29 May 2009

Manchin Scolds Fuel Distributor

Gov. Joe Manchin is "totally disappointed" after Marathon Oil Corp. announced it is "cutting off independent stations in the Charleston area," in the wake of recent flooding, The Associated Press and others report.

Manchin says Marathon took action after his May 9 disaster declaration triggered price-gouging laws that limit price increases," AP reports. "The declaration was issued after flooding and other weather-related damage hit several southern counties."

In a Thursday statement, the governor said "t
he anti-price-gouging laws allow businesses to increase prices to recoup costs if the increase is directly attributable to additional costs imposed on the business. Despite this, Marathon officials expressed concern over how West Virginia’s law could be interpreted to affect their distribution operations."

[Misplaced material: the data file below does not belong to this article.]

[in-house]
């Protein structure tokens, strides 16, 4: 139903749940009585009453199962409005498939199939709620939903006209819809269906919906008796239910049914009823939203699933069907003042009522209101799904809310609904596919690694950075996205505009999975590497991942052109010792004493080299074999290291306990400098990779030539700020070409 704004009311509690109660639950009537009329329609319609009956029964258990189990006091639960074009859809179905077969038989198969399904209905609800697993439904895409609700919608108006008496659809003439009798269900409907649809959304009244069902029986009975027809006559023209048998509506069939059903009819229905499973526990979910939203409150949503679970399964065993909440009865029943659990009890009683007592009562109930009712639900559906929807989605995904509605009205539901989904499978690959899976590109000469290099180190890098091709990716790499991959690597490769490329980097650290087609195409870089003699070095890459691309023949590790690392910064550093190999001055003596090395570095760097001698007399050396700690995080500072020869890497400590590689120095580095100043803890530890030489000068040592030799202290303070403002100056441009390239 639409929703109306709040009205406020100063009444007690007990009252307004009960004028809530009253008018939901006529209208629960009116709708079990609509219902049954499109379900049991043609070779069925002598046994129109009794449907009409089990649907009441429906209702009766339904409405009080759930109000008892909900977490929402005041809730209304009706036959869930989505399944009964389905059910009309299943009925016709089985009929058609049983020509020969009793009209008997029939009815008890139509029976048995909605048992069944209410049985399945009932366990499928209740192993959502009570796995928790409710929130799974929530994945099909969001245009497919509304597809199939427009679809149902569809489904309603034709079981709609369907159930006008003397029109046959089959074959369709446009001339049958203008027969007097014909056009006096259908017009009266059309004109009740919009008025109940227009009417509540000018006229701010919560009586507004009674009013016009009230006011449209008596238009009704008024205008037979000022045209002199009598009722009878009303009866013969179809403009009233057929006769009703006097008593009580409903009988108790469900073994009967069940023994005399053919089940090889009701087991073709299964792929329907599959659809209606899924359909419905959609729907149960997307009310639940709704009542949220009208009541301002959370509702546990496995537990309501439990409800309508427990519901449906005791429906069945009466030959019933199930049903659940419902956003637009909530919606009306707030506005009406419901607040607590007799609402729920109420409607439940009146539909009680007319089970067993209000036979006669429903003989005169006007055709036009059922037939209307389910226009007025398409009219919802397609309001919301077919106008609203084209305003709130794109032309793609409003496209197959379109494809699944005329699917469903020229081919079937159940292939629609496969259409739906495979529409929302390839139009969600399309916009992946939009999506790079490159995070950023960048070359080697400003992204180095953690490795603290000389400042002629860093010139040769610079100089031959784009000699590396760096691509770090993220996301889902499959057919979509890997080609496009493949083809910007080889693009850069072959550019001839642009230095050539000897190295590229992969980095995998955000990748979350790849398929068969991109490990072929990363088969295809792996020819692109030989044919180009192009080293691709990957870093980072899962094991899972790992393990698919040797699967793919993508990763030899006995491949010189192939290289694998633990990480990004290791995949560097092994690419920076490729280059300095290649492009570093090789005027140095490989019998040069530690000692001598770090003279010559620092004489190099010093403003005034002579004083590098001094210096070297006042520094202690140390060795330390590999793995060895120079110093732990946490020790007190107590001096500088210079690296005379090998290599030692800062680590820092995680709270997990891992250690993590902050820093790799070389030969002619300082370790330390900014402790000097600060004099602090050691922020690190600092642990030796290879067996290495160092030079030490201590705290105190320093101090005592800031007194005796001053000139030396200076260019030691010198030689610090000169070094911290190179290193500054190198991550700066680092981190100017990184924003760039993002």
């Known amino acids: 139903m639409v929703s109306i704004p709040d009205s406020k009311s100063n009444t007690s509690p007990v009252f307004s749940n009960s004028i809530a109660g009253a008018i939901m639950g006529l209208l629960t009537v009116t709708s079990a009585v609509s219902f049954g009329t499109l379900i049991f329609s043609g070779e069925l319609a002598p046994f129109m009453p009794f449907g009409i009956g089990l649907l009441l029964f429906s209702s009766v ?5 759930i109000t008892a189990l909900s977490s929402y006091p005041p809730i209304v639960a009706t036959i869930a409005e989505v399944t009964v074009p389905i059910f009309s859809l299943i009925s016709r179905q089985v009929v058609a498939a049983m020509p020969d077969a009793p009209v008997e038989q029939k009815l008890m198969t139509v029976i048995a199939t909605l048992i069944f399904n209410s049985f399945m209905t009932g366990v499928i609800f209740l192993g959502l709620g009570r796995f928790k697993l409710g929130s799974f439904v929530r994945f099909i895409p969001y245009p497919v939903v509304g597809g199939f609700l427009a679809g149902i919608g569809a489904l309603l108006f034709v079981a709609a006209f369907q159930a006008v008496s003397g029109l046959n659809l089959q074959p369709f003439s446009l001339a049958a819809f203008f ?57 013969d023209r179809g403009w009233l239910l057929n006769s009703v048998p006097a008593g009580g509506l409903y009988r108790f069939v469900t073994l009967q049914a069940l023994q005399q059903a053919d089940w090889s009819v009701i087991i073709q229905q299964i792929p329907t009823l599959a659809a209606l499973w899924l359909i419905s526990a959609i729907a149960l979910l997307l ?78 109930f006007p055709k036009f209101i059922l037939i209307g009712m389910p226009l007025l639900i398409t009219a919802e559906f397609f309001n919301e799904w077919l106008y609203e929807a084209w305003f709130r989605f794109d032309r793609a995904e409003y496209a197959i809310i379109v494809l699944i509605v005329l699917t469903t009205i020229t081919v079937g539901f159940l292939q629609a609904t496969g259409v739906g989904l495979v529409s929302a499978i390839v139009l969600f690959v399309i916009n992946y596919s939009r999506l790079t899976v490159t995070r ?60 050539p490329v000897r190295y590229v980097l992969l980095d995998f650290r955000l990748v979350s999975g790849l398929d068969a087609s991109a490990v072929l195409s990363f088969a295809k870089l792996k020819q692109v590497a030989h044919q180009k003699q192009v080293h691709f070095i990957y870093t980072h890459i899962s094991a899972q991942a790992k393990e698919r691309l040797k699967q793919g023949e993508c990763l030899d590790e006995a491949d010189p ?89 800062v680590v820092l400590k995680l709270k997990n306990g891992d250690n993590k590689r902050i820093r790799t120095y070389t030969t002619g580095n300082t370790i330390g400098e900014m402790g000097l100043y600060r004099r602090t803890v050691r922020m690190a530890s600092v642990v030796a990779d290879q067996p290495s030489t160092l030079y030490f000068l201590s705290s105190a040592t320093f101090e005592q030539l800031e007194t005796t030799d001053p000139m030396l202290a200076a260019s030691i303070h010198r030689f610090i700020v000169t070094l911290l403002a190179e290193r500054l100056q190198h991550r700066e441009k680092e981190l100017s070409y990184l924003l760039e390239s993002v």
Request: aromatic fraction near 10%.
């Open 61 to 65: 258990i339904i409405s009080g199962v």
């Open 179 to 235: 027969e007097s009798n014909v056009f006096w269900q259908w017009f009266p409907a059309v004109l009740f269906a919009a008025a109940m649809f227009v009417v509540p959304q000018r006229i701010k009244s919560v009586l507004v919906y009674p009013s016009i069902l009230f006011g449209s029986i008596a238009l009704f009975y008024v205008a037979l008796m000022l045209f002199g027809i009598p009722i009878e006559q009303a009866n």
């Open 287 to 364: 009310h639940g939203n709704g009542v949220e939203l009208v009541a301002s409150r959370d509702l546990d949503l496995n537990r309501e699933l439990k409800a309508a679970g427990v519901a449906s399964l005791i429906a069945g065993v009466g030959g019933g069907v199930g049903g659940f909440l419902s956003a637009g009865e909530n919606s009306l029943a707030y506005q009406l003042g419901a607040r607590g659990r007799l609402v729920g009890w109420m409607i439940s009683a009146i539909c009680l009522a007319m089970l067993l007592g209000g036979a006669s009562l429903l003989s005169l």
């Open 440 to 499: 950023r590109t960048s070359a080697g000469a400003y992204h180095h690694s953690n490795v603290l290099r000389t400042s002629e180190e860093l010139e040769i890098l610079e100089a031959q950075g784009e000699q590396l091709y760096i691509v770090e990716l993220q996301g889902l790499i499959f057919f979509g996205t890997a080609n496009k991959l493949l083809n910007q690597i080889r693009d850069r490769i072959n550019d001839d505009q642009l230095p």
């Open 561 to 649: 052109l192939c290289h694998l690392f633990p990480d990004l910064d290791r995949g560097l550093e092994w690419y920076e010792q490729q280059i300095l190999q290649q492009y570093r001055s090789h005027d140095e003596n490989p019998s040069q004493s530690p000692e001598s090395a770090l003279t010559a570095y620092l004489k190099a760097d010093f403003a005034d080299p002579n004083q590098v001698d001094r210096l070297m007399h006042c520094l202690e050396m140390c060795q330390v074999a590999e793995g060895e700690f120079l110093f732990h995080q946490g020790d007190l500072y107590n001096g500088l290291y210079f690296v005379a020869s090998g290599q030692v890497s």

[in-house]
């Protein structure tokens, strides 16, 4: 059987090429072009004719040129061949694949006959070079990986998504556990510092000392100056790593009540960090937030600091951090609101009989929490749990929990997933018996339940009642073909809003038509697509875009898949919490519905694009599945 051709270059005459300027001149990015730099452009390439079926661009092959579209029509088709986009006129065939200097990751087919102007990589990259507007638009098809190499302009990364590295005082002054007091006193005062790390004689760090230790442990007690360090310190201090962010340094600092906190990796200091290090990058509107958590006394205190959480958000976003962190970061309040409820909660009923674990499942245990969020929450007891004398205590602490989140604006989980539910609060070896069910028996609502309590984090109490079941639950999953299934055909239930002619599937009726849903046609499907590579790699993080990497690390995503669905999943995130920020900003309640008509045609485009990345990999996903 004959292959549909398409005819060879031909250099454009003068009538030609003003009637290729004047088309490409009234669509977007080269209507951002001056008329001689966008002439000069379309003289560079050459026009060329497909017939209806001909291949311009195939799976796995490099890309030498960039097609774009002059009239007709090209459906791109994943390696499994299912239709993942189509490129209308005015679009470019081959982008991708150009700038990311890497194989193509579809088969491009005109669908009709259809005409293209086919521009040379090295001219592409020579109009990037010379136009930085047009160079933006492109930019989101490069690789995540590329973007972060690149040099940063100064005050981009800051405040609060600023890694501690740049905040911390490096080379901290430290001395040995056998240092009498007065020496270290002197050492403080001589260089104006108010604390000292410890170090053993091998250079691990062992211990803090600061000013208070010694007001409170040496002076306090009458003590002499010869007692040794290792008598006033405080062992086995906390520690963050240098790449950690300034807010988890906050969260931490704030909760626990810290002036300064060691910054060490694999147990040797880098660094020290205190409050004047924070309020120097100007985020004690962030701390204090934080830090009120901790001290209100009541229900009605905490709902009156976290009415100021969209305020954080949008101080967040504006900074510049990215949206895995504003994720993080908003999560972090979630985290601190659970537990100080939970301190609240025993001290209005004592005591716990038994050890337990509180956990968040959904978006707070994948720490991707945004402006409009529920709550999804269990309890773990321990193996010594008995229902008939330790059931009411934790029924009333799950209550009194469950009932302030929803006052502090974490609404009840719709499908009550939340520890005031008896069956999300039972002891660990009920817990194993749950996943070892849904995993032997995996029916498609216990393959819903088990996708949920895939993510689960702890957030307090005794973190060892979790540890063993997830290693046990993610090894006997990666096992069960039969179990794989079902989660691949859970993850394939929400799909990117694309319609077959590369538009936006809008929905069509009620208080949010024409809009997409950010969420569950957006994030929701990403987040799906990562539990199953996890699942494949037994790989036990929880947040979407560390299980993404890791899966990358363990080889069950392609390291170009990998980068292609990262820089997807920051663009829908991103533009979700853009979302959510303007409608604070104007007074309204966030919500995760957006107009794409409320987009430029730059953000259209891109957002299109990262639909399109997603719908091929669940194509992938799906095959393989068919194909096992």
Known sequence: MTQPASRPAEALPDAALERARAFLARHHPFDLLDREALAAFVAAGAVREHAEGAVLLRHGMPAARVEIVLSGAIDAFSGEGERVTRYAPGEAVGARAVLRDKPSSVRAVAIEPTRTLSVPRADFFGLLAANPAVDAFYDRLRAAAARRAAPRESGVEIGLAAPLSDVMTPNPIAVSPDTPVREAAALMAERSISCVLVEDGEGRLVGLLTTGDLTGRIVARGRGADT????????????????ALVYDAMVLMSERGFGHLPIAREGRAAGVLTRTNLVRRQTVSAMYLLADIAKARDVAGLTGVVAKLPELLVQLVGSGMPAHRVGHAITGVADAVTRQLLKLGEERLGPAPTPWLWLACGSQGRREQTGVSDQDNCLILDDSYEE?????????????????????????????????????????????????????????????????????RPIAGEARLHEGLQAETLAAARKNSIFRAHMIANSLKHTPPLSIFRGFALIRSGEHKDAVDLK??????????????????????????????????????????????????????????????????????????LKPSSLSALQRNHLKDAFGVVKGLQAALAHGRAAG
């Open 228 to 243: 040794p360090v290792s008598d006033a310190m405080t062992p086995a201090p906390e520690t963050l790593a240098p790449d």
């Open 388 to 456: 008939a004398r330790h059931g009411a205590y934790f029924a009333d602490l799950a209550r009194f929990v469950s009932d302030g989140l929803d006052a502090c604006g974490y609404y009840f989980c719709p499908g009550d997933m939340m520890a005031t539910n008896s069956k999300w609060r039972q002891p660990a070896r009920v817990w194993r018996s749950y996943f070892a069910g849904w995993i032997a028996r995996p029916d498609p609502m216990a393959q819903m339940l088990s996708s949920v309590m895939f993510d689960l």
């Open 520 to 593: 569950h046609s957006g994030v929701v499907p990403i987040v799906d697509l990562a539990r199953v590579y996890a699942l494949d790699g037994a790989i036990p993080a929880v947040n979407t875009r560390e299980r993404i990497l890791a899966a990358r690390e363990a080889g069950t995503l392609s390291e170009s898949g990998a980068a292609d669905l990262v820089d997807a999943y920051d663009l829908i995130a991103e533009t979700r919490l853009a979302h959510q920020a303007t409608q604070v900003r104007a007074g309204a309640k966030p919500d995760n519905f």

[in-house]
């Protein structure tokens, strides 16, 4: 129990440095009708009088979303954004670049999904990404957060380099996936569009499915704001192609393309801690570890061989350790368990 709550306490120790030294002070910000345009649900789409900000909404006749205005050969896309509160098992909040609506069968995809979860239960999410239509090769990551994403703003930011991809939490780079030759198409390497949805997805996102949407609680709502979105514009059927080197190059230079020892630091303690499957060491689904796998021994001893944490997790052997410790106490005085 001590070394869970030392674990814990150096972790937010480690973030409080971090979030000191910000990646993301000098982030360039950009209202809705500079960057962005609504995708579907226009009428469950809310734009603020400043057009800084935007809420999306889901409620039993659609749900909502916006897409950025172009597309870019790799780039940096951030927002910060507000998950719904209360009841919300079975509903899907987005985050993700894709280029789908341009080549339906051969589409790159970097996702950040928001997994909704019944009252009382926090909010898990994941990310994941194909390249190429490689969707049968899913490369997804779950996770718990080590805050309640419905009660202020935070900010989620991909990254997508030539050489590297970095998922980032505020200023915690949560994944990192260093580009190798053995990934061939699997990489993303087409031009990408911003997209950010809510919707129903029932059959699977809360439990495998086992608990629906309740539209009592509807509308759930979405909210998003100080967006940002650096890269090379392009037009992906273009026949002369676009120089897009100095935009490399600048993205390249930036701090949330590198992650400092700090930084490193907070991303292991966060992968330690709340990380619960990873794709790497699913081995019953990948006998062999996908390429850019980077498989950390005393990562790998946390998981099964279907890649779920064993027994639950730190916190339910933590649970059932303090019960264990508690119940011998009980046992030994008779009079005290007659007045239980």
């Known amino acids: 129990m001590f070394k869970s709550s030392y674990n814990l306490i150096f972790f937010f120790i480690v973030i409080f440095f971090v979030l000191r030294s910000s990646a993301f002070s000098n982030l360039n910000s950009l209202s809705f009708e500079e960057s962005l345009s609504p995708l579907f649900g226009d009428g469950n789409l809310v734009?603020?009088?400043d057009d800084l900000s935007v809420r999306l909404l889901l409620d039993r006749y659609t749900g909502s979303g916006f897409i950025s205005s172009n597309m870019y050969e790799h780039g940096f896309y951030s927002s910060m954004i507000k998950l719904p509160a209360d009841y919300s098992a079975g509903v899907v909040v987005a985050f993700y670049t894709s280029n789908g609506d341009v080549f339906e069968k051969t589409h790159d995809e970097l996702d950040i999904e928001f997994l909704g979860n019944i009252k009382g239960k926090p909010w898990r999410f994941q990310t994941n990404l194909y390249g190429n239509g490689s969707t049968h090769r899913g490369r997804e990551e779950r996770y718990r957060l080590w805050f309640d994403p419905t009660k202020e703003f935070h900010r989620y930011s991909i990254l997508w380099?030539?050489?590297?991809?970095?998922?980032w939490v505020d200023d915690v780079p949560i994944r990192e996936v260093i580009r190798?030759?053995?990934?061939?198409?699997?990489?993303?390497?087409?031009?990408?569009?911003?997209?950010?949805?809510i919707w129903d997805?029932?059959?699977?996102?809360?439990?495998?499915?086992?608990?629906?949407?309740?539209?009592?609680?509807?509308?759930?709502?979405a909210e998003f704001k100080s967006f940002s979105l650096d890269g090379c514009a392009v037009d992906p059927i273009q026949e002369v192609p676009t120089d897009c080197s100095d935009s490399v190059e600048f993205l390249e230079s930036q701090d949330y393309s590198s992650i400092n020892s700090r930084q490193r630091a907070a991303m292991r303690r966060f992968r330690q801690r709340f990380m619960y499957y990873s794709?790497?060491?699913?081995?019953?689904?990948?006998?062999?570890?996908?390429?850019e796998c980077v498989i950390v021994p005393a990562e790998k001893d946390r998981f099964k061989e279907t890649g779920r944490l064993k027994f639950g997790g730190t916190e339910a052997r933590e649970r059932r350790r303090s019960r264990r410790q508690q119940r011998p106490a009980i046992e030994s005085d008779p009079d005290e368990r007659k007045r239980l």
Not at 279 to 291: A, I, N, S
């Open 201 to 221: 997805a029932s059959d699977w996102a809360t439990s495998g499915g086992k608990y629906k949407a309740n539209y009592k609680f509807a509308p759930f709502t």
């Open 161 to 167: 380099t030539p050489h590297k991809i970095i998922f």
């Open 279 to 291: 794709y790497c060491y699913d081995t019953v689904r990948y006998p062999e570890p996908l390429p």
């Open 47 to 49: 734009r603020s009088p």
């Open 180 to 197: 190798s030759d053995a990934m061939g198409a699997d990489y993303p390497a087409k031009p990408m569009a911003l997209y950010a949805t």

Marathon later told AP that it "cut off gas deliveries to some independent stations in West Virginia because of market forces and the state’s disaster price-gouging law."

"Angela Graves said Friday the company is still supplying more than 90 percent of its customers in areas covered by Gov. Joe Manchin’s May 9 disaster declaration," that AP report said. "Graves says these customers are independent businesses that have supply contracts with Marathon and the company is fulfilling its contracts."

Manchin's statement noted that "branded stations (Speedway, Marathon, etc.) are not affected by this stoppage. For the time being, independent dealers will be forced to drive to other distribution centers outside the state or in other parts of the state not within the emergency declaration."

Records from the fuel distributor were subpoenaed by officials in neighboring Kentucky last year amid a "gas price-gouging investigation that occurred in the wake of Hurricane Ike and the subsequent windstorm" there.

Those officials were also probing wholesale gas pricing in the Louisville area. In January, they "formally requested federal anti-trust authorities to review the 1997 merger of Marathon and Ashland Oil and its impact on the entire Kentucky petroleum market," their statement said.

The Charleston Gazette also has an item, as does MetroNews.

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